Re: what's the killer app for GNU/Linux systems?
Ron Johnson wrote:
> On 12/01/06 03:31, Masato YOSHIYA wrote:
>>> Hi all,
>>> 1) Kernel and libraries being stable for my numerical calculations,
>>> which allow me to forget about the existence of operating system. This
> Win32 belies that. It's been stable for 8 (possibly 11, not being a
> Windows developer) years. Windows XP will run 8 year old Windows 98
> apps with no problem. There are probably 11 year old Win 95 apps
> that will also run on XP.
This may be true, if you run XP as administrator. It is not true, if you
run it at an 'ordinary user'. Practically all the programs I ever cared
to use on XP could only be used as administrator (Mozilla's are a
notable exception). This tells about all how much M$ or programmers for
their OS care about security. (We all know that for security reasons it
is not recommended, even by M$ to run the machine from the administrator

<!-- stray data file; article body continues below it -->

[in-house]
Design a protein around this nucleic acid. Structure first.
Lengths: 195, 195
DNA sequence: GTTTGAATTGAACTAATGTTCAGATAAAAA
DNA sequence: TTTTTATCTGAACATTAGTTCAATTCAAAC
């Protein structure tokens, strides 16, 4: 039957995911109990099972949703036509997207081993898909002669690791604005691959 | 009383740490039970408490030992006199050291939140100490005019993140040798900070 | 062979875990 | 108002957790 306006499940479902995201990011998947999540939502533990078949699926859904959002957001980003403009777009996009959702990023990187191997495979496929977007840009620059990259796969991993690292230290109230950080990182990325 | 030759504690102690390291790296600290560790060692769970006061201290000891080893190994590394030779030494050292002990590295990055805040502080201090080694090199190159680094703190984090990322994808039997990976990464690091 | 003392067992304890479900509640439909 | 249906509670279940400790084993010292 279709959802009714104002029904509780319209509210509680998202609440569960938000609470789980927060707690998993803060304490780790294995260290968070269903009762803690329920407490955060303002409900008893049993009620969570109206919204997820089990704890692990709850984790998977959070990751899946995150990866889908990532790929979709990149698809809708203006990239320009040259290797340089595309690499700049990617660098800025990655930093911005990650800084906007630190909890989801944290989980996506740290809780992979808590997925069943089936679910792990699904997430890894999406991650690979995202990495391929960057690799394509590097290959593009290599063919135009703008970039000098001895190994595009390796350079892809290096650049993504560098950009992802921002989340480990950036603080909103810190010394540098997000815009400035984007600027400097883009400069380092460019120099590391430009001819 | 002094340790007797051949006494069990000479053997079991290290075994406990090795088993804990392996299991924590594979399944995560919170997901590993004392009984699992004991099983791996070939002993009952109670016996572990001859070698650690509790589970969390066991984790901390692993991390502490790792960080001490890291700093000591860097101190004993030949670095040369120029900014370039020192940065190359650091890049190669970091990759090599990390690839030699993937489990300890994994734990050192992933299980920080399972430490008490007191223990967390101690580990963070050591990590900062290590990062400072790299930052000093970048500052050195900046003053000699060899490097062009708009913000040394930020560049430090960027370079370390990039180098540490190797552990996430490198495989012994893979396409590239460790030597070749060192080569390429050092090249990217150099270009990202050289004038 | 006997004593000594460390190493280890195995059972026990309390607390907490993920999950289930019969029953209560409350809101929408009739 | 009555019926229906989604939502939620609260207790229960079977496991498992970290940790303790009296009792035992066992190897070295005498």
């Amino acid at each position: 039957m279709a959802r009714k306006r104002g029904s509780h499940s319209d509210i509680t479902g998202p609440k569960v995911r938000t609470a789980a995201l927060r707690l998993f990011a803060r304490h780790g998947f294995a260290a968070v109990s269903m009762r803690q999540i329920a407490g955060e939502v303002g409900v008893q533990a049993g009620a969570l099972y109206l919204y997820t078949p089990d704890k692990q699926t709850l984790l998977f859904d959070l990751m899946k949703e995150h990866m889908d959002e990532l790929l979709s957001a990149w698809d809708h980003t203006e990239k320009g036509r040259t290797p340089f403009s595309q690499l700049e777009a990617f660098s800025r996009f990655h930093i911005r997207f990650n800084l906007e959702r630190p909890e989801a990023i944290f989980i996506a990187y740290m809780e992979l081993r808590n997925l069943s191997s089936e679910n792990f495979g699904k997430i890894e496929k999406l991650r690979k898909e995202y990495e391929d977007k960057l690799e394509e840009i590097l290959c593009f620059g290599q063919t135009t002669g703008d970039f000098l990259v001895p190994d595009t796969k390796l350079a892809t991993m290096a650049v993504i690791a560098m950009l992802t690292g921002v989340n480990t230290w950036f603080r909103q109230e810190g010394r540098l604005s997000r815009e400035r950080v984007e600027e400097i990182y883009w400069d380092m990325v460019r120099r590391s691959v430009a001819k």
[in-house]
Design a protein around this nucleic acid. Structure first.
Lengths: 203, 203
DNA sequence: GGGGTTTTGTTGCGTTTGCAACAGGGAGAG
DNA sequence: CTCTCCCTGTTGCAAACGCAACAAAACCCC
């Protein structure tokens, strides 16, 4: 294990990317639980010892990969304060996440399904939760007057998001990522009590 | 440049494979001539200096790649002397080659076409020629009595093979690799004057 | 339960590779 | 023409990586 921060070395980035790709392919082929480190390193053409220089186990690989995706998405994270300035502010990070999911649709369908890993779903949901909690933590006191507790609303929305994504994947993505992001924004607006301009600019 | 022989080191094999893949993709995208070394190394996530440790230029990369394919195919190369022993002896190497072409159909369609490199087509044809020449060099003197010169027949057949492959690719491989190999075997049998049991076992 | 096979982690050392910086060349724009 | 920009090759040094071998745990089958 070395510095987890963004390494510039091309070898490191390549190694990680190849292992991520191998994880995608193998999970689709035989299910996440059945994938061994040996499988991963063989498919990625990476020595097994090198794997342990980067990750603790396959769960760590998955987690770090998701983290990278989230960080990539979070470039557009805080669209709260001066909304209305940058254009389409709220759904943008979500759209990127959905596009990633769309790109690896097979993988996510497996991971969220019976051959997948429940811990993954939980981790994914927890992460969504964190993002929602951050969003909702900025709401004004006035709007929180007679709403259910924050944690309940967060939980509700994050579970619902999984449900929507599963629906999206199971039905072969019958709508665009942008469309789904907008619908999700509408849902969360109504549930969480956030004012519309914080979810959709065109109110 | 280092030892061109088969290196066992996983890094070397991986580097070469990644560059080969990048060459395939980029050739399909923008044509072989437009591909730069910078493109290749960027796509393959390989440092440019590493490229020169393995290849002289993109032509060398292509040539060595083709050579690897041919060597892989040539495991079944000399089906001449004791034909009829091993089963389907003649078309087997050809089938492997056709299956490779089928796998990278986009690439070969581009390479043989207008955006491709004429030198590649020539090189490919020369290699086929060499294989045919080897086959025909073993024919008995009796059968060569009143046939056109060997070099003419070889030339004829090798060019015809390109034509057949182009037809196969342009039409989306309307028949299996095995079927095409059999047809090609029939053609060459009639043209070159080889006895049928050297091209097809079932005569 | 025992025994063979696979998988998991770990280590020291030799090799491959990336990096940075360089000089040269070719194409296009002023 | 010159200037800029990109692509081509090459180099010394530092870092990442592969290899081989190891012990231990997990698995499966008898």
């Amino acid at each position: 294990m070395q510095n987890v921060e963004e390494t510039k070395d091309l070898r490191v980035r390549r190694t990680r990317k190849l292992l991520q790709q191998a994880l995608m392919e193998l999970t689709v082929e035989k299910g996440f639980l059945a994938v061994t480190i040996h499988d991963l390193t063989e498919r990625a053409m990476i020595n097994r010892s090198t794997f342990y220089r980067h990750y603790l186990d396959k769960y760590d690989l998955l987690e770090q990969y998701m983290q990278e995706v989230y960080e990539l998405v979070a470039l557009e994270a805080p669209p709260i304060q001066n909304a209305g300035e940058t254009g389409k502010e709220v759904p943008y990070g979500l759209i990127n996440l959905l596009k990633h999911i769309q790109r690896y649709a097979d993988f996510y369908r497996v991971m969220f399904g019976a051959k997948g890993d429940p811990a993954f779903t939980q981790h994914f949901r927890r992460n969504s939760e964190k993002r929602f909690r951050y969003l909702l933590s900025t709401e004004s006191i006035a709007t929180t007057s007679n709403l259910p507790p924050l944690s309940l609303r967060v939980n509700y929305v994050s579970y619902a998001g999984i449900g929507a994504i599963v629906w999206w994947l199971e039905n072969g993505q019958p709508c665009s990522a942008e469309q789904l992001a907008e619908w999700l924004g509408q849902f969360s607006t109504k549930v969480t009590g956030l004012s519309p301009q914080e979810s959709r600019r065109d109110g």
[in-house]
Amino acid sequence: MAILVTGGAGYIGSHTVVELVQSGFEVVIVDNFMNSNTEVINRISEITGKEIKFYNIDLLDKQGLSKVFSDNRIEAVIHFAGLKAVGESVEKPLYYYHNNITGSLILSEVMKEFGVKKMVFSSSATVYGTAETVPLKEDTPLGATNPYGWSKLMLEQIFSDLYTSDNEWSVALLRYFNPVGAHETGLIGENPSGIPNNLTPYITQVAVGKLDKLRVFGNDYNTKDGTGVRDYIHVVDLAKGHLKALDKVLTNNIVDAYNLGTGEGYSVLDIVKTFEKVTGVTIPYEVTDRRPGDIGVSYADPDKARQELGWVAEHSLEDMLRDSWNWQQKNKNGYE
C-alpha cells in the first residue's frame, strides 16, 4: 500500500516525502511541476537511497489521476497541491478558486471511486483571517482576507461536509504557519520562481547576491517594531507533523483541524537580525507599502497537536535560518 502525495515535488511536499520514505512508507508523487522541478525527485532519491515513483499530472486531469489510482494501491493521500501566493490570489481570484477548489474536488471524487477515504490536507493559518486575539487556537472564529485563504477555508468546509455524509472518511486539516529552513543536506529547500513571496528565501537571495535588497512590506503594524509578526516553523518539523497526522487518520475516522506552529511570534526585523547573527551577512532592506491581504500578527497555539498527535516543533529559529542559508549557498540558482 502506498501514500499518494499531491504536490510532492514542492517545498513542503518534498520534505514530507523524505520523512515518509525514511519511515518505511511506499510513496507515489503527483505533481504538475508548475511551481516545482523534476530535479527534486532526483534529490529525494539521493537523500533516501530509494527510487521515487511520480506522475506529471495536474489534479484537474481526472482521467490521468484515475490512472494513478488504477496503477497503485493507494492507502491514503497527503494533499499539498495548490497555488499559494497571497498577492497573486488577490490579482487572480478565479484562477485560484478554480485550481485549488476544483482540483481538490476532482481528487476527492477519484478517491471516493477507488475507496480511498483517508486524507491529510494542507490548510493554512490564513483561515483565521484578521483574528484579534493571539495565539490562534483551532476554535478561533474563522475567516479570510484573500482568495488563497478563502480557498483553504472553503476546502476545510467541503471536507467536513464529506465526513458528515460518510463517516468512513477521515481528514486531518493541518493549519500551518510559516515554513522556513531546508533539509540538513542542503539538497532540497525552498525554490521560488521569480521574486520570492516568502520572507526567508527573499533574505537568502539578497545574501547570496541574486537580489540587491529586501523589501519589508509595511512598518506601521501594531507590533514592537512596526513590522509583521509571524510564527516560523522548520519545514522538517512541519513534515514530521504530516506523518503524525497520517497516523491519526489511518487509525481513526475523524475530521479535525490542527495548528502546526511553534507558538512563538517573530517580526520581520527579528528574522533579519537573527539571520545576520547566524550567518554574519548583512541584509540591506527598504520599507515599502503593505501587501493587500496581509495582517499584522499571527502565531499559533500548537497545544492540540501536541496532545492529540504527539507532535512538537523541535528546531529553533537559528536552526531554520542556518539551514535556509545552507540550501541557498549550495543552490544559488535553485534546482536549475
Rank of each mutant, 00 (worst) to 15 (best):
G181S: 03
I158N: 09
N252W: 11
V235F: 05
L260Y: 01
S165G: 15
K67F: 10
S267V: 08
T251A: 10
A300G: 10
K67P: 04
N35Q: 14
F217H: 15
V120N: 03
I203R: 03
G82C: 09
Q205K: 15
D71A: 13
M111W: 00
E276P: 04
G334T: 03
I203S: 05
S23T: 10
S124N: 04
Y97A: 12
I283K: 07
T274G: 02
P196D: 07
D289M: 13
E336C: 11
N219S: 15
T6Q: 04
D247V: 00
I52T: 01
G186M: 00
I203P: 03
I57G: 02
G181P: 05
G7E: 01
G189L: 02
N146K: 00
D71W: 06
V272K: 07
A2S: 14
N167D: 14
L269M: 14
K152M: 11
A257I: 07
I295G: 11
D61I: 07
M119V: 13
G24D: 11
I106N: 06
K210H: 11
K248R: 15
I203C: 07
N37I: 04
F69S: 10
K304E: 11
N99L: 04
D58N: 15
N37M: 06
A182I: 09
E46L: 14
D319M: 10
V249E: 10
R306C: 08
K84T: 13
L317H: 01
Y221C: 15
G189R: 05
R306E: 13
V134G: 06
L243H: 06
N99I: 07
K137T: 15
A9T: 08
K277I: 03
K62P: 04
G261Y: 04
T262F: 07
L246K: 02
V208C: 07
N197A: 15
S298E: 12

account all day long).
At least I never managed to get Win98 programs to run as ordinary user,
nor most of the software that was especially developed for XP, like the
one that came with my DVB card, the one that came with my digital
camara, some maps that still can't be viewed on linux, etc.
Just my experience.
This contrasts to programs like aptitude and good programming practice
of gnu/linux, where programs that should work as unpriviliged user will
work, others will only work as root or sudo.
That's the reason, why I consider aptitude and the whole concept behind
it gnu/linux's killer application.
[To install a new software on that other OS is always more work/more
pain than running a simple 'aptitude install xxx', not even to talk
about later removing or upgrading it...]